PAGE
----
And then, for no reason, I started to cry. “Sorry,” I said, and brushed the tears away. I pulled him in, kissed him again, and then felt another wave of tears, right after the first. “Dammit. Sorry.” I brushed these away too. I hiccupped. “God, sorry.”

  He didn’t say anything, just lay down beside me, my back to him, pulling me in close. I cried and hiccupped and tried to focus on his arms and his heartbeat. And then I began to cry harder.

  Eventually my mind drifted off. Hours later, I opened my eyes, and Sam was gone. I sat up, looking around, and the bathroom door opened. Sam, in boxer briefs, rubbing his eyes. He said, “You didn’t sleep long. How’s the head?”

  “Splitting.”

  “Do you keep aspirin in this place?”

  “In the drawer there.”

  He opened the drawer, and the bottles of Benzedrine and Seconal went rolling into the wood. “Well now, what’s this?” He held up the Benzedrine and shook it.

  I sat up, gathering my hair, and then let it go. “Evidence.” I heard a noise outside, or downstairs, or maybe down the street. I cocked my head, listening.

  “It was outside.”

  “What?”

  “The noise. I’m not just a pretty face, Pipes. I’m also blessed with exceptional hearing. So what’s my motive?” He nodded at the evidence wall.

  “That remains to be seen. Did you know Felix Roland and Ophelia are having an affair?”

  “The mystery man from her bedroom?”

  “I guess so.” I told him about seeing them at Rockhaven.

  He whistled. “We need to figure out who up there not only had a motive but the ability to poison her. They’re not necessarily one and the same.”

  “I doubt Felix will talk to me, and I didn’t get very far with Tauby.”

  “Maybe they’ll talk to me.” He smiled. “Want me to see what I can get?”

  “If you don’t mind. Did you—when you worked with her, did she ever mention someone named Rebecca?”

  “Doesn’t ring a b
ell, no. Why?”

  “It was the last thing she said to me before she died.”

  He took my hand and nodded up at the wall again. “Have you thought about what will happen once you figure this out?”

  “What do you mean?”

  “Say you catch the killer, find the evidence, prove that he or she did it. What then? If what you say is true, the studio’s never going to let you put this out there. They’ll kill it as fast as someone killed Barbara Fanning.”

  “I’m still working on that part of it.”

  “Let’s not worry about it tonight.” He kissed me lightly on the nose. “Shall we get some more sleep? Unless, of course, you can think of something else to do.”

  When I made a show of yawning, he reached over me to switch off the lamp. As he looked down, his face half in light, half in shadow, there was something in his eyes that made me ask, “What is it?”

  “I don’t know. But I’m thinking there’s more on your mind than suspects and poison and murder. Am I right, Pipes?”

  I reached up and kissed him. His lips were warm. My head still pounded. It hurt too much to think clearly. “The only thing I’m thinking about right now is sleep.”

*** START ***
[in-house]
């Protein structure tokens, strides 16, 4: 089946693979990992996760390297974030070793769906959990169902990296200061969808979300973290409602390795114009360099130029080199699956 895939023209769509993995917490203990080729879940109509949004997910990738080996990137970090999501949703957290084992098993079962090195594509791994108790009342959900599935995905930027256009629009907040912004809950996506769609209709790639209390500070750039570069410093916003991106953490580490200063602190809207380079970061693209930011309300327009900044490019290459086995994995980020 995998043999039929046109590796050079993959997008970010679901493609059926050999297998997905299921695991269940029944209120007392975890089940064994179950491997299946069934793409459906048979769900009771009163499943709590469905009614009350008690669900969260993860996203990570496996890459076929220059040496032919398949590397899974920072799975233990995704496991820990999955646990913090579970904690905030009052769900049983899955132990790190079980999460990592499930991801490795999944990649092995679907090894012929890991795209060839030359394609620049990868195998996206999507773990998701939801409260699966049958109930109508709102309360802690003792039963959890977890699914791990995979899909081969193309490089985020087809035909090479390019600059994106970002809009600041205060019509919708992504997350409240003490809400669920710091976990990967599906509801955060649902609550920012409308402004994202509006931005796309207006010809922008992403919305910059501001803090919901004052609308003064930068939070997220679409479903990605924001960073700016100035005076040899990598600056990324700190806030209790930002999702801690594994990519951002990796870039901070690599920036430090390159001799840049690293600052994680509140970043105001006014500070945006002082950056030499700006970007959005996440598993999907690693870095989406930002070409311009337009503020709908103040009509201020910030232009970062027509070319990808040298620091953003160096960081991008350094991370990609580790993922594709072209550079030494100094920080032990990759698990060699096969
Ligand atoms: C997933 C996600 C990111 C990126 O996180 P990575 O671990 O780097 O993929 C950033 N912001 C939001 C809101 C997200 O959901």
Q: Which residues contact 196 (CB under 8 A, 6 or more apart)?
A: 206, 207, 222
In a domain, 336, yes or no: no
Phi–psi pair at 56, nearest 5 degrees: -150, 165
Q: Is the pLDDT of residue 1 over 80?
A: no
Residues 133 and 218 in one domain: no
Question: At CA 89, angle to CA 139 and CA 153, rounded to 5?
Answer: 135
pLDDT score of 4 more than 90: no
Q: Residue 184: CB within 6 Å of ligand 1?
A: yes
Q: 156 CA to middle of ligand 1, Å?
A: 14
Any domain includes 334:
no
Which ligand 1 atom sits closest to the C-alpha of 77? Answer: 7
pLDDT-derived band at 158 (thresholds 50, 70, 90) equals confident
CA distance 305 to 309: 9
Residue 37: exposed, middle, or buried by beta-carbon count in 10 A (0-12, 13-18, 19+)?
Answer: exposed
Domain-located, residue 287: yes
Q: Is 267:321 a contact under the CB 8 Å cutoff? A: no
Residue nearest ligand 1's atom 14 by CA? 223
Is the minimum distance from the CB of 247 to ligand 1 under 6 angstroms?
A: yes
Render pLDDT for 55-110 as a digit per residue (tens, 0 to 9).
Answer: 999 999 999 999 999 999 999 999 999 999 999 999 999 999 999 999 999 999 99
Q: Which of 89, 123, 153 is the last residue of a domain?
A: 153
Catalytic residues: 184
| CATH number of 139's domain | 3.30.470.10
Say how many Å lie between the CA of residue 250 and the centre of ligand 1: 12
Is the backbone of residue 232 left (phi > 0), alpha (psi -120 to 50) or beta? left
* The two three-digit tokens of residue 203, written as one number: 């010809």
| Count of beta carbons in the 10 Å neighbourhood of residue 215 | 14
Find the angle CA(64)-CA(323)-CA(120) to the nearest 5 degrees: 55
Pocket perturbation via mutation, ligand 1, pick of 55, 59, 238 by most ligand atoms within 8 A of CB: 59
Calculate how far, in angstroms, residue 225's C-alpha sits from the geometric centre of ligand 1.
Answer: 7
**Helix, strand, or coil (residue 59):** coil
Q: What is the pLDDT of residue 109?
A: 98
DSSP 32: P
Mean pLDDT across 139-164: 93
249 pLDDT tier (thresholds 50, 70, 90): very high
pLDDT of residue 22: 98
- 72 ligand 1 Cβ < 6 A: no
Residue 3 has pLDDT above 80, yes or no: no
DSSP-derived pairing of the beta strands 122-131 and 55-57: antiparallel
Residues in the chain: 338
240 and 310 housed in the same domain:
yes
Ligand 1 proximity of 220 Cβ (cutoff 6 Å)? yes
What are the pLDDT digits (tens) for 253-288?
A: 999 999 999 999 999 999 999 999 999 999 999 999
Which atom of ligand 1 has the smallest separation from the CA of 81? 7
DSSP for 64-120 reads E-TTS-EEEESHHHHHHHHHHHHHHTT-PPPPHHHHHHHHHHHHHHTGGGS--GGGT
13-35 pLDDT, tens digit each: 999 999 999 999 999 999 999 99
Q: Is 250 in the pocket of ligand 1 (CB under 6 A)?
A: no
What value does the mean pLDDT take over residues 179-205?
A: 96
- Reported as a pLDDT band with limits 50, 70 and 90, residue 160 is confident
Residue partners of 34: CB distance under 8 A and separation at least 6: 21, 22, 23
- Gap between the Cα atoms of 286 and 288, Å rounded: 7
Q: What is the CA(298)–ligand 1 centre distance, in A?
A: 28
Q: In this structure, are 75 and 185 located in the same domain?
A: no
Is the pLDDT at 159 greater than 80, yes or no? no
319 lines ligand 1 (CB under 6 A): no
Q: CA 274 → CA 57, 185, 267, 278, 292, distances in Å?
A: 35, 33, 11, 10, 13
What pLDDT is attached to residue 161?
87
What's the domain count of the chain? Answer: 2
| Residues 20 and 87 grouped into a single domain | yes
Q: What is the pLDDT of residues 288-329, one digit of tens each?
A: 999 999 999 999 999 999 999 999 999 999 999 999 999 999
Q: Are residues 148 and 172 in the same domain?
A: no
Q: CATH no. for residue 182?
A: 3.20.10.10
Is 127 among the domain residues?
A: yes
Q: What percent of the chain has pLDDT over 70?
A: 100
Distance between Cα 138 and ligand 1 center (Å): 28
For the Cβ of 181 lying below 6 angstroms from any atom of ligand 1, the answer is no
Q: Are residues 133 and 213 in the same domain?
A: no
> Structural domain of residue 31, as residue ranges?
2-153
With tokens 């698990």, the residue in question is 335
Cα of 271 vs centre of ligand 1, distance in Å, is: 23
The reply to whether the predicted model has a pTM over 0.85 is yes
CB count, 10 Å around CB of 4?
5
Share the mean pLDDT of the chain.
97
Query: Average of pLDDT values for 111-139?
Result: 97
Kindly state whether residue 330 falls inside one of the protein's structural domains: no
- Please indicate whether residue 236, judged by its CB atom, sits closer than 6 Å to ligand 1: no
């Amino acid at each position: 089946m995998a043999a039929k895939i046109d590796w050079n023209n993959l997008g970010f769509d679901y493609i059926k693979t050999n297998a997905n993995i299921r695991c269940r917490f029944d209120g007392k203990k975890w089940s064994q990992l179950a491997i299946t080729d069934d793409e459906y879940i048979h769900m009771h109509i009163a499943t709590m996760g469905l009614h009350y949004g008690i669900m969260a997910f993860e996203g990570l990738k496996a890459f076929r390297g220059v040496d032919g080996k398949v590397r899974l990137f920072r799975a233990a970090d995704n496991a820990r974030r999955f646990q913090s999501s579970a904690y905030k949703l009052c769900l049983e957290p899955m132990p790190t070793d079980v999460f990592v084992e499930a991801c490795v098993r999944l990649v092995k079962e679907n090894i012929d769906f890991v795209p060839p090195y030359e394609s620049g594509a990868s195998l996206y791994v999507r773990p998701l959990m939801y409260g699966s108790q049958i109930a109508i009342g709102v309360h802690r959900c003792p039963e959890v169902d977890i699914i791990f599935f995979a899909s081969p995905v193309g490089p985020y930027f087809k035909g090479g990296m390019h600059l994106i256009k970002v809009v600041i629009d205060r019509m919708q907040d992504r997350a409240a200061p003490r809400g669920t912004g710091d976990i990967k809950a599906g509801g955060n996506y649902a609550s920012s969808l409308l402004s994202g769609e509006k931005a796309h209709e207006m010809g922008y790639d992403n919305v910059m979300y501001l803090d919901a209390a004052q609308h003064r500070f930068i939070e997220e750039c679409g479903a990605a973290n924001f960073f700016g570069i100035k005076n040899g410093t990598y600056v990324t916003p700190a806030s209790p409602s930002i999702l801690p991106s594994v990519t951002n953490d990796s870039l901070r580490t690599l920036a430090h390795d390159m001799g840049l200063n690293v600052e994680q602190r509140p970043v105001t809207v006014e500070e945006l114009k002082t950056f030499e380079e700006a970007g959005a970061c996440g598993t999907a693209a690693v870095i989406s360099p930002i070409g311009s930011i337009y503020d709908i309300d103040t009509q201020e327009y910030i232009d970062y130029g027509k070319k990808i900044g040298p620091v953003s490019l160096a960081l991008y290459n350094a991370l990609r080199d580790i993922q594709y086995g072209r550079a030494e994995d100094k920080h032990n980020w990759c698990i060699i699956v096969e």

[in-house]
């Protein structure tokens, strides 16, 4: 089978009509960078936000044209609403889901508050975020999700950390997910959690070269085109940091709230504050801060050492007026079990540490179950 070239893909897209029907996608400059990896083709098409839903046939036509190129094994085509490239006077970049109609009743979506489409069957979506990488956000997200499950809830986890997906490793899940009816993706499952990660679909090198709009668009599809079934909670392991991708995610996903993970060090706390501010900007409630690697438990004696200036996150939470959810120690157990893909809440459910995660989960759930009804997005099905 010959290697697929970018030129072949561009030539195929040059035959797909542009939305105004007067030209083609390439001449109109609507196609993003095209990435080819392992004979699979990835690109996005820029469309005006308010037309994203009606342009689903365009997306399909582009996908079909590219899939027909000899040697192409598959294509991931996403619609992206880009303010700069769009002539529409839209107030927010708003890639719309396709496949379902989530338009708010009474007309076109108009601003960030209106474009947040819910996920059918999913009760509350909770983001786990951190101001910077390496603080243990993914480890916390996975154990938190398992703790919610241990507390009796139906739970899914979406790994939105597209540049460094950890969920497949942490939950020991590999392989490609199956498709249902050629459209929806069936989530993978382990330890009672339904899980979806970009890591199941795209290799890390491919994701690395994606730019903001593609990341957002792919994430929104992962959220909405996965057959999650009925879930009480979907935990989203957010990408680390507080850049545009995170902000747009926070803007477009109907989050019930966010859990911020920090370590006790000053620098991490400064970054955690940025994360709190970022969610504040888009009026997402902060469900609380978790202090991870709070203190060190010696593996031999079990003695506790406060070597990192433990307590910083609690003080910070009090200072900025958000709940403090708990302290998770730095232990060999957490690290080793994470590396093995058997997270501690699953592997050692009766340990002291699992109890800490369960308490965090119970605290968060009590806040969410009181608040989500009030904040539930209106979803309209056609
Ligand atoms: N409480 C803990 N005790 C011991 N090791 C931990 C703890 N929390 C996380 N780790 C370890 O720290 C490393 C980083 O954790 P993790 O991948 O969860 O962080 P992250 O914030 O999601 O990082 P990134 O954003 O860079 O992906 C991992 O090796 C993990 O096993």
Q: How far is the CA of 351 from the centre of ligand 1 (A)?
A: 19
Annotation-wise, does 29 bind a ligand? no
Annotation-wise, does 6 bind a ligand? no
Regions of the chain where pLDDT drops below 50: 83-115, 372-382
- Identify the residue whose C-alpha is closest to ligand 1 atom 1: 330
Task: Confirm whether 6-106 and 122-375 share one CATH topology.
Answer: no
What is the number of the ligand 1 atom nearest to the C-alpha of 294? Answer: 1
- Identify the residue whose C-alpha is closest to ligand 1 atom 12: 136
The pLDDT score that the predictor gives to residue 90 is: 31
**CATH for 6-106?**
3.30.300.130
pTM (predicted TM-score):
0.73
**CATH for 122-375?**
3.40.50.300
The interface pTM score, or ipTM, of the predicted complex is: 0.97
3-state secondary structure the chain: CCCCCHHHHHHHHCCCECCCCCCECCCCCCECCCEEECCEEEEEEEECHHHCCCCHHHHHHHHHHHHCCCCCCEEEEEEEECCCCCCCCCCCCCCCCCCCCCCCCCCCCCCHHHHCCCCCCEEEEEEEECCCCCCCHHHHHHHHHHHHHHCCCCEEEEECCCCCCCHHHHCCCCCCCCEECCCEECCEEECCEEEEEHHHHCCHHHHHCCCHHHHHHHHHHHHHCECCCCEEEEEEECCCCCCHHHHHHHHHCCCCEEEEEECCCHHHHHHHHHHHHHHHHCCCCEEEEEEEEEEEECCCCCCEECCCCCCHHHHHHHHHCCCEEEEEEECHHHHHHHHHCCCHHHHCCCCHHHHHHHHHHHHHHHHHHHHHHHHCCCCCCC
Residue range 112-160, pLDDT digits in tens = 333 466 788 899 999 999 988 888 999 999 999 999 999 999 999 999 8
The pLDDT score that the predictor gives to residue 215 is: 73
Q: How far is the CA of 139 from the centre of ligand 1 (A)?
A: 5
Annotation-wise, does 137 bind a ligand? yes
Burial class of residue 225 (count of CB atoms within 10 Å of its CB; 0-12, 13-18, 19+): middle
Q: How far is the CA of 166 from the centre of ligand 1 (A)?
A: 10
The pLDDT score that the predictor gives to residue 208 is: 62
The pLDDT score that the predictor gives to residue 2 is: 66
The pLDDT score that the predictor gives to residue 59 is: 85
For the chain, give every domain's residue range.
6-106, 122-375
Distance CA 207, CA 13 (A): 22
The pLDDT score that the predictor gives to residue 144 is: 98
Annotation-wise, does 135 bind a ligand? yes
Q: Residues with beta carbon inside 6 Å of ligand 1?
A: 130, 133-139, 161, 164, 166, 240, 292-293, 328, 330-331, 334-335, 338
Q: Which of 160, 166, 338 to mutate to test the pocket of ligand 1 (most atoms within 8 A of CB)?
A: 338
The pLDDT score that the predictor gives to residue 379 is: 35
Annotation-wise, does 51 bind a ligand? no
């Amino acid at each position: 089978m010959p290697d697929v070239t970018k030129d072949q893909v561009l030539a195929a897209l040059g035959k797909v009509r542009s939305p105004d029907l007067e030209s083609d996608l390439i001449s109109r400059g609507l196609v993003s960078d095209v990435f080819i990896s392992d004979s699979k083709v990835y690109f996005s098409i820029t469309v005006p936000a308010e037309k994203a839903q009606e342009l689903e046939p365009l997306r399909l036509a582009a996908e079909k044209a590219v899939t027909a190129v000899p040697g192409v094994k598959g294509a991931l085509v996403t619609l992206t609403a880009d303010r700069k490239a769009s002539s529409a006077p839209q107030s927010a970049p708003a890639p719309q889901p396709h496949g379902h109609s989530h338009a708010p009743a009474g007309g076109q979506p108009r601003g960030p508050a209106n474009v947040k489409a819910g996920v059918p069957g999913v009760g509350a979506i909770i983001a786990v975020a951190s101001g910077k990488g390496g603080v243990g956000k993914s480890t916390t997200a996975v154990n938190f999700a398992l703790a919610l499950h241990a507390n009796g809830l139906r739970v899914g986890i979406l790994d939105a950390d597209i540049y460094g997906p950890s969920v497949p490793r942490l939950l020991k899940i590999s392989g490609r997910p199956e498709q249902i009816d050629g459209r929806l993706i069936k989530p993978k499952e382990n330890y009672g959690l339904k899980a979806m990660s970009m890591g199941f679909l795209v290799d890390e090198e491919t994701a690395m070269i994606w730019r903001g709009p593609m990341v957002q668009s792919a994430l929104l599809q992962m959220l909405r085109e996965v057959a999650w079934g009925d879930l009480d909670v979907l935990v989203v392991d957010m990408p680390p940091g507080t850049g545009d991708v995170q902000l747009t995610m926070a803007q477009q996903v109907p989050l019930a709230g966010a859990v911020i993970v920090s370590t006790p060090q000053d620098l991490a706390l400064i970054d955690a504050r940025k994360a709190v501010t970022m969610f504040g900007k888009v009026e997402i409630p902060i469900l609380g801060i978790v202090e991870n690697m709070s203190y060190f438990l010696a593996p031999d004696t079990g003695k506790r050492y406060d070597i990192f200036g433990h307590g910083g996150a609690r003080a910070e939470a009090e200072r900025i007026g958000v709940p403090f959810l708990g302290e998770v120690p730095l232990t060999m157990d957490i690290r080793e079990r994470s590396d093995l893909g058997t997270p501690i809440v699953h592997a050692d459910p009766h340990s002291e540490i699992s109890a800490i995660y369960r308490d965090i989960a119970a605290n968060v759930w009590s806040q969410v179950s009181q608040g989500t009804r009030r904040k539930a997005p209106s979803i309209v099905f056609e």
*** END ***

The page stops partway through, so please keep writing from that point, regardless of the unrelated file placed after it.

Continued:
When I opened my eyes again, it was morning and he was gone. A note lay on the pillow next to mine along with a bottle of aspirin. You’re utter hell on a man’s ego, Pipes. It’s a good thing I have ego enough to spare. Gone to the studio, but will be thinking lasciviously about you the entire time. (Lascivious adjective [of a person, manner, or gesture] feeling or revealing an overt and often offensive sexual desire.) Take two of these as soon as you wake up and call me. P.S. I don’t know how I’ll concentrate now that I can picture you in bed.

  I sat up, stretched, opened the curtains. I padded over to the evidence wall and studied the faces. Nigel Gray and Pia Palmer smiled out at me as if to say, You can’t get us. We’re safe. There’s nothing you can do.

  And there, below them, was a newer, better photo of Sam—torn from the page of a movie magazine—which he’d tacked over the old one.

  TWENTY-SIX

  Early Thursday, Helen found Mudge’s will folded and tucked inside a book of Shakespeare’s plays. In it, Mudge remembered her bunkmates at Avenger Field. She made sure that I received all her dresses since, as she noted, I could “certainly use them.” She left money to the families of the thirty-eight WASP who died and to a flying school for girls, started by Shirley Bingham, a pilot two years ahead of us. She left her house, car, minks, jewelry, and several thousand dollars to Flora, and everything else—including the bulk of her money—went to John Henry Briggs of Dell Rapids Orphanage and Industrial School in Dell Rapids, South Dakota.

  I took the document from Helen to read the date. “December 15, 1946. It was updated two weeks before she died.”

  “Do you think Redd Deeley knows he was cut out?”

  “I don’t know.”

  “So he might have expected to still get everything.” When I nodded, she said, “That looks bad for him, doesn’t it? I mean, in mystery books, that’s usually the motive of the killer.”

  I thought about this as I got dressed and ready for work. Before I walked out the door, I put in a call to Redd, asking him to meet me for lunch. Outside the house, a man with a hat was sitting behind the wheel of his car, the engine running. He was the same man I’d seen parked on the street before. When he saw me coming down the walk, he touched the brim of his hat and drove away.

  At eleven fifteen that morning, I sat down at the piano in Rosie’s studio and played what I’d written of the song for Butch’s record. I only had a half dozen sheets of paper filled with lines, most of them crossed out. The only line I really liked was: “Home to me.”

  I’d written it because it sounded hopeful, and I remembered what Butch had said about hope. I knew people in this world who’d never been through a single sad thing, and they didn’t have any more hope than a grasshopper. But somehow I’d held on to mine—through Mama’s death and everything sad or terrible that had followed. But what if hope had a threshold? What if there was a limit to it? What if each of us was only given a certain amount and mine was used up?